Obama is speaking outside my office window, so why did I stay home?

Right now, President Obama is speaking on the College of Fine Arts lawn at Carnegie Mellon University, right outside my office window. Apparently, “the line for President Obama’s visit to CMU goes from Purnell to Gesling Stadium”. That’s some line.

Yesterday at work I saw a lot of setup going on out on the lawn:

CFA lawn being set up for Obama

Anyway, today I stayed at home. Why did I stay at home when I could have picked up a free ticket yesterday for this event? (Below is a photo of someone else’s ticket since I did not get one.)

Ticket for Obama event at CMU

It’s not about Obama

First, I want to make it clear that this is not about Obama. It is not about whether I like or hate him, or whether I will vote for or against him this fall. If it were Mitt Romney, I would not be attending.

It’s about politics

I don’t like politics, but I do vote. In fact, just in the last couple of years, I even do what I have to do in order to vote in closed primaries. I find it extremely distasteful to have to register for some official party in order to vote in primaries, but I did it.

At various points in my life, I have either been apathetic, cynical, or idealistic about politics. Right now, I would say I am simply realistic and take a rational approach, devoid of all emotion. I minimize following of political news or getting into heated arguments. I go out twice a year to vote.

Nothing Obama is saying right now or not saying would likely affect my vote, so from a rational point of view, there is nothing to be gained from wasting valuable time (and suffering in the summer heat outside) just to hear him on his campaign tour. Furthermore, if he really is saying anything truly interesting, I’m sure I’ll get the executive summary from someone and if I really wanted to, I could get a transcript too, probably.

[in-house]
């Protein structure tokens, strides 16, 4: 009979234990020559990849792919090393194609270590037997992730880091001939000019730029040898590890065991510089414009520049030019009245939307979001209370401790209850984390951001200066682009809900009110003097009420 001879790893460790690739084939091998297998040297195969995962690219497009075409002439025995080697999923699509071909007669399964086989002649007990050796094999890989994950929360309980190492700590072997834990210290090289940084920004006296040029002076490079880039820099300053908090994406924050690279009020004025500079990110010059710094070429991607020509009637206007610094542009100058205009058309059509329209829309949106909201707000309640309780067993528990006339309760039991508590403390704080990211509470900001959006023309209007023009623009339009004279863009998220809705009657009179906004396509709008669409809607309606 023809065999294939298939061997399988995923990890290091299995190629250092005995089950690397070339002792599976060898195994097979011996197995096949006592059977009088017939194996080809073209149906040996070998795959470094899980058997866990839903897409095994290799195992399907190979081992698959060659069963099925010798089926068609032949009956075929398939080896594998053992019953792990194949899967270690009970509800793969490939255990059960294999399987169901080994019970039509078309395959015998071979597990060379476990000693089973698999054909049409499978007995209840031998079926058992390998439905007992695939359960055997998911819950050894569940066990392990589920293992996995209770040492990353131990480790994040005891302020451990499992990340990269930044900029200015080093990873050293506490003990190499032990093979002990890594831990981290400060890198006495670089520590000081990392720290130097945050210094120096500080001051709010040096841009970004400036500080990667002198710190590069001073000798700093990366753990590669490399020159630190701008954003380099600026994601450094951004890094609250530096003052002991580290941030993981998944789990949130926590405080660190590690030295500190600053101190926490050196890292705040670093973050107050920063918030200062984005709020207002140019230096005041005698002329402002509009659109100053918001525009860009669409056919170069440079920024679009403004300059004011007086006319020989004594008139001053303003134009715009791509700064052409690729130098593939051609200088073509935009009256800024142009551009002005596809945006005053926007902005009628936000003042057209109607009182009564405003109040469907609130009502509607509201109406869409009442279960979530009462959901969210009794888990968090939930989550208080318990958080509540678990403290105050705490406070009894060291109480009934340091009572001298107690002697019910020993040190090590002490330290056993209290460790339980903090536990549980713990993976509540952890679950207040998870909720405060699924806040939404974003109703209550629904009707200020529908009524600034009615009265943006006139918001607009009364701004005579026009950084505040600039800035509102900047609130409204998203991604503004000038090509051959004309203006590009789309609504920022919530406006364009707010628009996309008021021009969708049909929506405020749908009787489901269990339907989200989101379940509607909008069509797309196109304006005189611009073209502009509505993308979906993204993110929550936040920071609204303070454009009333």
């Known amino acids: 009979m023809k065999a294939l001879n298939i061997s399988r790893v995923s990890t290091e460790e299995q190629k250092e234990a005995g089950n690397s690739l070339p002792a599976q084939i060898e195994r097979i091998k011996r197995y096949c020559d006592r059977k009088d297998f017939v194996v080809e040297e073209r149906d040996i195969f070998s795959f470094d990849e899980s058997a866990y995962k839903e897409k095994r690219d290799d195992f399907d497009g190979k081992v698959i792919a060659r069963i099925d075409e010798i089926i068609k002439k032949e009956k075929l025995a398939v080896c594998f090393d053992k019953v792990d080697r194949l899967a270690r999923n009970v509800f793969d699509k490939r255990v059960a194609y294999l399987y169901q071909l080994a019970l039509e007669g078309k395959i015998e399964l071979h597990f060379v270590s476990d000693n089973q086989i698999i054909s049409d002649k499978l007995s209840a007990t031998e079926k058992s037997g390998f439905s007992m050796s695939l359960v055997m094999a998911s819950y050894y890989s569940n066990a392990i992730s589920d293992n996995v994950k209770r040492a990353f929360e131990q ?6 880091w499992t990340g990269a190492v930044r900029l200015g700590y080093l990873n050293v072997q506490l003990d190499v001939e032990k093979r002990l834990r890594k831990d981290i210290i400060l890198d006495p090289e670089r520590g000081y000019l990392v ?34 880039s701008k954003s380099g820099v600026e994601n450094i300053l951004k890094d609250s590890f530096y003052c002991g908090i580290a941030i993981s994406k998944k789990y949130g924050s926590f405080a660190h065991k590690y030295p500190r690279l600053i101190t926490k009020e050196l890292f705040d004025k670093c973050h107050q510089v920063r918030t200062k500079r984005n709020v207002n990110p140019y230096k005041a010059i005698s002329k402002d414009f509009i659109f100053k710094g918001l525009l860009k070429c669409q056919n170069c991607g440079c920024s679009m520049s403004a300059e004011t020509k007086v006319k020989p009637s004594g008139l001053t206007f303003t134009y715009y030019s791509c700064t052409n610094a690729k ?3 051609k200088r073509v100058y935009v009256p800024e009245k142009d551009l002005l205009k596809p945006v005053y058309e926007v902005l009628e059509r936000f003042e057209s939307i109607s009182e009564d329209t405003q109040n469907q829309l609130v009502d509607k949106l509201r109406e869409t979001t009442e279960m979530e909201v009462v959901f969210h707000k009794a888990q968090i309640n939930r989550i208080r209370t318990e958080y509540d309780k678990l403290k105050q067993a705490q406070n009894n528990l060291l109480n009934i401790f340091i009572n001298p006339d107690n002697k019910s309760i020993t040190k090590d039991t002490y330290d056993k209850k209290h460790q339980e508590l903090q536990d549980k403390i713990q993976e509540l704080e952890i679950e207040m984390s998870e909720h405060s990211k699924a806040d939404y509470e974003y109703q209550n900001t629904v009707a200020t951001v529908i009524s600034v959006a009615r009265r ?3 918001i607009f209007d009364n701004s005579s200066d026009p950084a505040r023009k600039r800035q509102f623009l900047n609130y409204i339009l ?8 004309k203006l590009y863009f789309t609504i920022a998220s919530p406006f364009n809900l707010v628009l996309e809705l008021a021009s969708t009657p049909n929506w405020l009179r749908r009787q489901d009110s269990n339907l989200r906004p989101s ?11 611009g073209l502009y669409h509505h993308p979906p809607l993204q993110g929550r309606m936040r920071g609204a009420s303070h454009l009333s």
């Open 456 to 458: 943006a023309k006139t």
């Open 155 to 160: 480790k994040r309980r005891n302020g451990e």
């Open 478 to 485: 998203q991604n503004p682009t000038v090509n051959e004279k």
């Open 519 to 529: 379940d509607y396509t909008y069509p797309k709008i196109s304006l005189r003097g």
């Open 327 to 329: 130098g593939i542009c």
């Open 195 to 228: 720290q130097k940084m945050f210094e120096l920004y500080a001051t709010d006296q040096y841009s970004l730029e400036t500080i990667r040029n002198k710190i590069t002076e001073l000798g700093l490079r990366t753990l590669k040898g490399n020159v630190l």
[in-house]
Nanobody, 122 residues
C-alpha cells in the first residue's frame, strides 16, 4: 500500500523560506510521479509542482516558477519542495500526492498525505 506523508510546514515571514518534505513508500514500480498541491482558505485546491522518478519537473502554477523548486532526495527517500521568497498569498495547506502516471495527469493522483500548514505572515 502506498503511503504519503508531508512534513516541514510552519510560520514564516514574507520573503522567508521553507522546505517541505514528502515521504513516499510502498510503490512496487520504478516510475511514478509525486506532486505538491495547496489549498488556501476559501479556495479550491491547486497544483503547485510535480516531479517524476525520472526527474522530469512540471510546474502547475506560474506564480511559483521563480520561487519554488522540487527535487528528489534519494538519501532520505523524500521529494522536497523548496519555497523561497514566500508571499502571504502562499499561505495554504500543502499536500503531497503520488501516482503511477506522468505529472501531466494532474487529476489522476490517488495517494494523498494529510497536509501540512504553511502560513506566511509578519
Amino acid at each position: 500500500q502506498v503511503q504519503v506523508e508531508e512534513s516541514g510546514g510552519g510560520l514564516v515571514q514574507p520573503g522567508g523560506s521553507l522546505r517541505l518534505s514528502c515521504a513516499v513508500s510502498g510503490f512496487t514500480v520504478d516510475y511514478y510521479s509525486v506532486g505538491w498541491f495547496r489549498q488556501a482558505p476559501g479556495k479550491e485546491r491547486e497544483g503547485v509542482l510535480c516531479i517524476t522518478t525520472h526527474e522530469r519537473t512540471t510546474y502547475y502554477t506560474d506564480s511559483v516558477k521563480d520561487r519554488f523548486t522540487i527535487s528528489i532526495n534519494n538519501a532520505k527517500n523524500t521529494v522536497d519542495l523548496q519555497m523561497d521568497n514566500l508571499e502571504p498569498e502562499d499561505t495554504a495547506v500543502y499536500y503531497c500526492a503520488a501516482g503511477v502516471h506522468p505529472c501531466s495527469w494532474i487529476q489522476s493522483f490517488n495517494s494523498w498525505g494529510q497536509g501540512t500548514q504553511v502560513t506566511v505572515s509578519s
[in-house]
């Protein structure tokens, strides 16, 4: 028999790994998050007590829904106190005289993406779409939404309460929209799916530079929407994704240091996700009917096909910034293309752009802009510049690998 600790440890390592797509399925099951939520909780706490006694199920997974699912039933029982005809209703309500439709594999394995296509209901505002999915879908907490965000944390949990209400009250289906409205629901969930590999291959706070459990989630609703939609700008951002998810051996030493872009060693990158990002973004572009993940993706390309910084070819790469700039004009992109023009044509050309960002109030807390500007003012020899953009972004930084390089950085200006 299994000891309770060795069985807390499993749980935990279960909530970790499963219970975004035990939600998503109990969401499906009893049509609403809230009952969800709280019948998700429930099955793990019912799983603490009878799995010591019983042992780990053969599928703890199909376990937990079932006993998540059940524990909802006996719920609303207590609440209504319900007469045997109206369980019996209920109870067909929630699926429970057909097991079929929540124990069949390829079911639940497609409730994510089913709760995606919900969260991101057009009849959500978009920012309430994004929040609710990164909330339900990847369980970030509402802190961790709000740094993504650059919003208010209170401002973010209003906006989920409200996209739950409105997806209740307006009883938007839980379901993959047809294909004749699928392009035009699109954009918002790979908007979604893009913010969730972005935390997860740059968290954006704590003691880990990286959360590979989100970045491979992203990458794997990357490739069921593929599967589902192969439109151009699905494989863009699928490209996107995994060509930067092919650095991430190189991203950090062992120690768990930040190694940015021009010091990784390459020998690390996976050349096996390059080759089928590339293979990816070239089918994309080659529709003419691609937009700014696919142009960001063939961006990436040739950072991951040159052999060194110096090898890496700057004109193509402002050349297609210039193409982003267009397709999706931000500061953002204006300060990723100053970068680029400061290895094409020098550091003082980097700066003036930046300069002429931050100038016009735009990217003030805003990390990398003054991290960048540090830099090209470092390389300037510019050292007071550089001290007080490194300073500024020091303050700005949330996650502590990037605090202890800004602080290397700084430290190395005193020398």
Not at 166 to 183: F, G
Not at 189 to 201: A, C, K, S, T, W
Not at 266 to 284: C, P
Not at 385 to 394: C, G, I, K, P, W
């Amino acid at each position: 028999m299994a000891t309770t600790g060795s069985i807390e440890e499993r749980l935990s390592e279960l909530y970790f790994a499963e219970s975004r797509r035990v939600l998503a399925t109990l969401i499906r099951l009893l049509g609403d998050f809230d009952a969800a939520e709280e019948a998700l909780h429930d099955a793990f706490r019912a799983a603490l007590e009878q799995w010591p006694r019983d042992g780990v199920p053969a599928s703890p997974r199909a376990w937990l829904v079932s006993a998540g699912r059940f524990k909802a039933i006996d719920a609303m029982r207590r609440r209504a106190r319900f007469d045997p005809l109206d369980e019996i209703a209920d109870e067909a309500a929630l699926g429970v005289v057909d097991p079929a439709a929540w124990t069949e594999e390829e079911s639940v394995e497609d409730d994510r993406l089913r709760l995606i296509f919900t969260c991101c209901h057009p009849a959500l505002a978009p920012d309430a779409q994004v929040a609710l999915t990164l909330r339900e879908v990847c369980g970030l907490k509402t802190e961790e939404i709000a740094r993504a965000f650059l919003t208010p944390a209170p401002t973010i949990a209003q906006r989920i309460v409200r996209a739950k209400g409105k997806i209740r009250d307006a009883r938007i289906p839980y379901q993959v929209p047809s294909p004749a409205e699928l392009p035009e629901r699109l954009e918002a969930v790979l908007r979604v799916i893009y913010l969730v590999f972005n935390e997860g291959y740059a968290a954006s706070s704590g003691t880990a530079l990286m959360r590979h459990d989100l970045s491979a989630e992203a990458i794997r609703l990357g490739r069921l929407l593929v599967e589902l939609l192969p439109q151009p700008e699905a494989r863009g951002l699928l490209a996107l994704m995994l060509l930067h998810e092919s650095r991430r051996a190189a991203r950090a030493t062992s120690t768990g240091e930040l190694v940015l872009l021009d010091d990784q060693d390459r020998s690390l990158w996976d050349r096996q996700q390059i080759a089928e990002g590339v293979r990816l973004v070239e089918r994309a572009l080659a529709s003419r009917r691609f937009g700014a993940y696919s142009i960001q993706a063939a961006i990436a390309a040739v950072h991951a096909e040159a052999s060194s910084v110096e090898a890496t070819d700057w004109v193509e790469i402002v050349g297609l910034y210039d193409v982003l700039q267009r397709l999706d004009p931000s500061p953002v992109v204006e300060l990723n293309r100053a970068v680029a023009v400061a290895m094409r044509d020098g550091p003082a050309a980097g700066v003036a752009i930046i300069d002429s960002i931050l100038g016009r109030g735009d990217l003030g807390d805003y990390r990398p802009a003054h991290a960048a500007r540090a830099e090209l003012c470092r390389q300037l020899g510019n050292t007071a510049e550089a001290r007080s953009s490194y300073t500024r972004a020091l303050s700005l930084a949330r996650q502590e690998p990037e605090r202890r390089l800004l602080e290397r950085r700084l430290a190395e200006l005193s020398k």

In a world of too much pointless information, I don’t need political speeches to use up my brain cells.

It’s especially about presidents

I’m particularly uninterested in following presidential politics, because the cult of the presidency has overwhelmed American politics. The president gets credit or blame for everything. People forget that the US was founded with three branches of government, and the executive is just one of those three. Congress and the Supreme Court are critical. In fact, just recently we saw how important the Supreme Court is, when the Roberts Supreme Court surprisingly upheld Obamacare.

At a time when monarchy was still the norm, George Washington chose not to become a king. We’re not supposed to have kings in this country. Yet people really do long for king-like figures, whether as saviors or villains. This longing is part of human nature, unfortunately. I’m doing my part to choose to buck human nature and ignore presidents.

I’d be more likely to attend a speech by a prospective candidate for Mayor of Pittsburgh than to attend speeches by any future presidents or presidential candidates.


Obama’s talking, and I stayed at home to get stuff done.

comments powered by Disqus